I'm wondering whether it would be possible for humanoids to evolve from bears.

bears share many characteristics with primates such as being amazing tree climbers and having the ability to use tools.

What type of evolutionary pressures would lead to the rise of such species?enter image description here

  • $\begingroup$ While not really an answer, I could cite several stories / universes offhand that had humanoid bears. Hoka and Dilbia (both by Gordon Dickson) are the two that come immediately to mind. Also, that picture is just freaky ☺. $\endgroup$ – Matthew Feb 13 '20 at 22:45
  • $\begingroup$ Proof this is possible: Ewoks. $\endgroup$ – void_ptr Feb 13 '20 at 23:39
  • $\begingroup$ What type of evolutionary pressures would lead to the rise of us? $\endgroup$ – kleer001 Feb 13 '20 at 23:59
  • $\begingroup$ This video of a bear walking upright suggests that it is possible: youtube.com/watch?v=JwqMip33Xr8 $\endgroup$ – Klaus Æ. Mogensen Feb 14 '20 at 9:30

Wow lots of bipedalism questions lately, here's a good list of the theories on why humans did it, pick your favorite and adapt that!


I like bears in particular for a couple of reasons:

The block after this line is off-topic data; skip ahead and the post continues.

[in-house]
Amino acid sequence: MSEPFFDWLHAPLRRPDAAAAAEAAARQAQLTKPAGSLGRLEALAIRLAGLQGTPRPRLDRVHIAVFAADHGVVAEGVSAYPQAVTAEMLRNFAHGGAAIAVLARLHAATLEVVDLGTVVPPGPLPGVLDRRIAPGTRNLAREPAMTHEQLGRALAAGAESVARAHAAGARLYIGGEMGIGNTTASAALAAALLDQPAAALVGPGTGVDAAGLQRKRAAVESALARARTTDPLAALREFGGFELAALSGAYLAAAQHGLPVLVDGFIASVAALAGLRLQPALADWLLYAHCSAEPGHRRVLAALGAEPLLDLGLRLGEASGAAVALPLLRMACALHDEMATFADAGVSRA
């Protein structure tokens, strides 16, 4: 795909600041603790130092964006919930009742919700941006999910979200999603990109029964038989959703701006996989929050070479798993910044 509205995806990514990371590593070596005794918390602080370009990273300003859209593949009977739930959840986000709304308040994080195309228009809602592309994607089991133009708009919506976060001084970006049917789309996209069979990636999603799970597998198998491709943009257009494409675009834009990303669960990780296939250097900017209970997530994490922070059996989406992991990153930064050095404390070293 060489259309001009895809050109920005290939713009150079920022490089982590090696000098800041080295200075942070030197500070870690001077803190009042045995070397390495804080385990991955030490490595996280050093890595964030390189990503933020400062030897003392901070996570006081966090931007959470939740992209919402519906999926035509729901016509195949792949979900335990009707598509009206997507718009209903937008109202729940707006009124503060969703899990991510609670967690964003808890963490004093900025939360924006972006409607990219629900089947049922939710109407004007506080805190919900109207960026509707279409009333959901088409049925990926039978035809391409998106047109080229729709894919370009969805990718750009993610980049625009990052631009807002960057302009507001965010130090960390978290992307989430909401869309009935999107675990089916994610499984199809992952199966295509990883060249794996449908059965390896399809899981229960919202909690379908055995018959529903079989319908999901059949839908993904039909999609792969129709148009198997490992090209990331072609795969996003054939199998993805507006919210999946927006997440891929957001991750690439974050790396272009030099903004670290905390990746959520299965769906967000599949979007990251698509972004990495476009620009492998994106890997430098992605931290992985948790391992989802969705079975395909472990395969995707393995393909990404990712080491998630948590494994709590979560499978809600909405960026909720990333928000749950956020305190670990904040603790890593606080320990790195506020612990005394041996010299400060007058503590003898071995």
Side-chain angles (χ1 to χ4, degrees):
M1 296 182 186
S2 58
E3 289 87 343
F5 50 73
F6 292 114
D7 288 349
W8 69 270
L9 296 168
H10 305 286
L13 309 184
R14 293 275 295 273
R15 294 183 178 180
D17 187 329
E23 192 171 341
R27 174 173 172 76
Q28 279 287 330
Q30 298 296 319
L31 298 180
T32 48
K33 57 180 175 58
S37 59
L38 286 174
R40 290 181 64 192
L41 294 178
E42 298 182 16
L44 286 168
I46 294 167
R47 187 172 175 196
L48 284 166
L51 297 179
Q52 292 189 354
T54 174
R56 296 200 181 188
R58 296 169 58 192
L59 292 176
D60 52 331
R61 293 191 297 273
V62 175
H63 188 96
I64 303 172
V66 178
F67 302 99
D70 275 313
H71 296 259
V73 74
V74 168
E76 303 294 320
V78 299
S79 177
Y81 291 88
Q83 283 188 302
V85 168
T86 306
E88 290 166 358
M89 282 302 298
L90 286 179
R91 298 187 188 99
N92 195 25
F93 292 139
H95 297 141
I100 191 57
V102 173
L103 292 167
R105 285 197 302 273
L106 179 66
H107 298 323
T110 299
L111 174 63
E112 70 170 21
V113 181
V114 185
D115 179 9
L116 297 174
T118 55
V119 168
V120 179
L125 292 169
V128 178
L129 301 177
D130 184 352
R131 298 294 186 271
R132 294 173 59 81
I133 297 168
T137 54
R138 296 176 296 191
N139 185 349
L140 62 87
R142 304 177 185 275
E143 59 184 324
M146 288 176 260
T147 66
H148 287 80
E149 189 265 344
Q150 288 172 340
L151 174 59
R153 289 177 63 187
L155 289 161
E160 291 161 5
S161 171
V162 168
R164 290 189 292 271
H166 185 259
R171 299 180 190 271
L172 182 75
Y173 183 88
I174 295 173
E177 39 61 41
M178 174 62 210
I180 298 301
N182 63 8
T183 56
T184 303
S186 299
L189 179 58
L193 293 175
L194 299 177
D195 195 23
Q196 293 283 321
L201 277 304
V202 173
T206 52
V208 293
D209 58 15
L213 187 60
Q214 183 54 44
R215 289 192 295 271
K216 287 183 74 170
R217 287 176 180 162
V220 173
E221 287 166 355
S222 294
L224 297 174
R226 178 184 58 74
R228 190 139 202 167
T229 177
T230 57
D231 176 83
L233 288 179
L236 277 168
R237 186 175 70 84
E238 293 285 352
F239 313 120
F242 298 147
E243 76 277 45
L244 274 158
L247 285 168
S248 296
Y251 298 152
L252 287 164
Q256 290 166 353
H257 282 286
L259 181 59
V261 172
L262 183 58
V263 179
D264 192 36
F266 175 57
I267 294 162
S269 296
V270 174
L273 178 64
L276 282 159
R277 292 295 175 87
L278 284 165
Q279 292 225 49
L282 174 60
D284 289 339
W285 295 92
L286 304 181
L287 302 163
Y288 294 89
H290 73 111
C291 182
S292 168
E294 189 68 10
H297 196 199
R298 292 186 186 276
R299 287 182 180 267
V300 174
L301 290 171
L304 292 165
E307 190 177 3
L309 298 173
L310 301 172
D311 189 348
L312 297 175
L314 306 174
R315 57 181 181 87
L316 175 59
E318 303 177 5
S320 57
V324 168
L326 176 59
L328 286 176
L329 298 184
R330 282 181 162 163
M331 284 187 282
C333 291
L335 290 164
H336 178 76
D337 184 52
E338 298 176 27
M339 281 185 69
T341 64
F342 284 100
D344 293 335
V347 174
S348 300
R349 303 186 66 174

-They occasionally use bipedalism now to explore their environment and acquire food (which was true of primates before we evolved)

-Bear species are super creative with their diet and if you find them a great food source that requires more bipedalism I could realistically see them evolving for it. Recently in North America they've gone from Short-Faced Bears (extinct scavenger obligate carnivores) -> Grizzly Bears (omnivore that prefers meat) -> Black Bears (more populous omnivore and probably actively knocking over your garbage can). Not to mention Polar Bears and Pandas, the latter of which is frankly an abomination of what species should be able to evolve to do.


Scarcity of food that requires staying upright for a long time to scan the environment for preys. Plus. On 4 legs animals run faster, but then they can lose sight of their preys if they start the chase from a far point. Humans were not fast sprinters when they hunted, but they had good endurance and chasing a prey in group they could eventually encircle it, such long distance hunts required running keeping an eye on the prey for quite some time.


Your Answer

By clicking “Post Your Answer”, you agree to our terms of service, privacy policy and cookie policy

Not the answer you're looking for? Browse other questions tagged or ask your own question.